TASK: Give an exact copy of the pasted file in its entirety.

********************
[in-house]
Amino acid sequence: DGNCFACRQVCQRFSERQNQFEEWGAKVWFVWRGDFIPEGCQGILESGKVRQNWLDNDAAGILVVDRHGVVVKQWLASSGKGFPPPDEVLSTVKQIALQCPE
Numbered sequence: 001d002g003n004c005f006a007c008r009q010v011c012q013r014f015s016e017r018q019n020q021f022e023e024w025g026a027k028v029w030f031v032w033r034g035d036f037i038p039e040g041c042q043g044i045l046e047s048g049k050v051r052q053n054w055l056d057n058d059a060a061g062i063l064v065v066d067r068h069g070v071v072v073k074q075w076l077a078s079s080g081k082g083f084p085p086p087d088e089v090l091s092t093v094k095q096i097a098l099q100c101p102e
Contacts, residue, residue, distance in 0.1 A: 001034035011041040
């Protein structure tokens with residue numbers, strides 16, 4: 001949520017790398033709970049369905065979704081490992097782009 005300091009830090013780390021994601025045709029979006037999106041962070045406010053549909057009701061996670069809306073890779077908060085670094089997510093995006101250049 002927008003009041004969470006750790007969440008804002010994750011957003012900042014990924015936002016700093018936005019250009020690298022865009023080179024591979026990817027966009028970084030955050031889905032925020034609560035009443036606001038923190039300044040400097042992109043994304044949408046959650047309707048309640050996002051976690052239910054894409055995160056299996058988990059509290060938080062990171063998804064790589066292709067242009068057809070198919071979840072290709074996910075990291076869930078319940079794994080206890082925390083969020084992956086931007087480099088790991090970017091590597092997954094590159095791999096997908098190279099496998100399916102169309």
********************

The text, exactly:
[in-house]
Amino acid sequence: DGNCFACRQVCQRFSERQNQFEEWGAKVWFVWRGDFIPEGCQGILESGKVRQNWLDNDAAGILVVDRHGVVVKQWLASSGKGFPPPDEVLSTVKQIALQCPE
Numbered sequence: 001d002g003n004c005f006a007c008r009q010v011c012q013r014f015s016e017r018q019n020q021f022e023e024w025g026a027k028v029w030f031v032w033r034g035d036f037i038p039e040g041c042q043g044i045l046e047s048g049k050v051r052q053n054w055l056d057n058d059a060a061g062i063l064v065v066d067r068h069g070v071v072v073k074q075w076l077a078s079s080g081k082g083f084p085p086p087d088e089v090l091s092t093v094k095q096i097a098l099q100c101p102e
Contacts, residue, residue, distance in 0.1 A: 001034035011041040
């Protein structure tokens with residue numbers, strides 16, 4: 001949520017790398033709970049369905065979704081490992097782009 005300091009830090013780390021994601025045709029979006037999106041962070045406010053549909057009701061996670069809306073890779077908060085670094089997510093995006101250049 002927008003009041004969470006750790007969440008804002010994750011957003012900042014990924015936002016700093018936005019250009020690298022865009023080179024591979026990817027966009028970084030955050031889905032925020034609560035009443036606001038923190039300044040400097042992109043994304044949408046959650047309707048309640050996002051976690052239910054894409055995160056299996058988990059509290060938080062990171063998804064790589066292709067242009068057809070198919071979840072290709074996910075990291076869930078319940079794994080206890082925390083969020084992956086931007087480099088790991090970017091590597092997954094590159095791999096997908098190279099496998100399916102169309």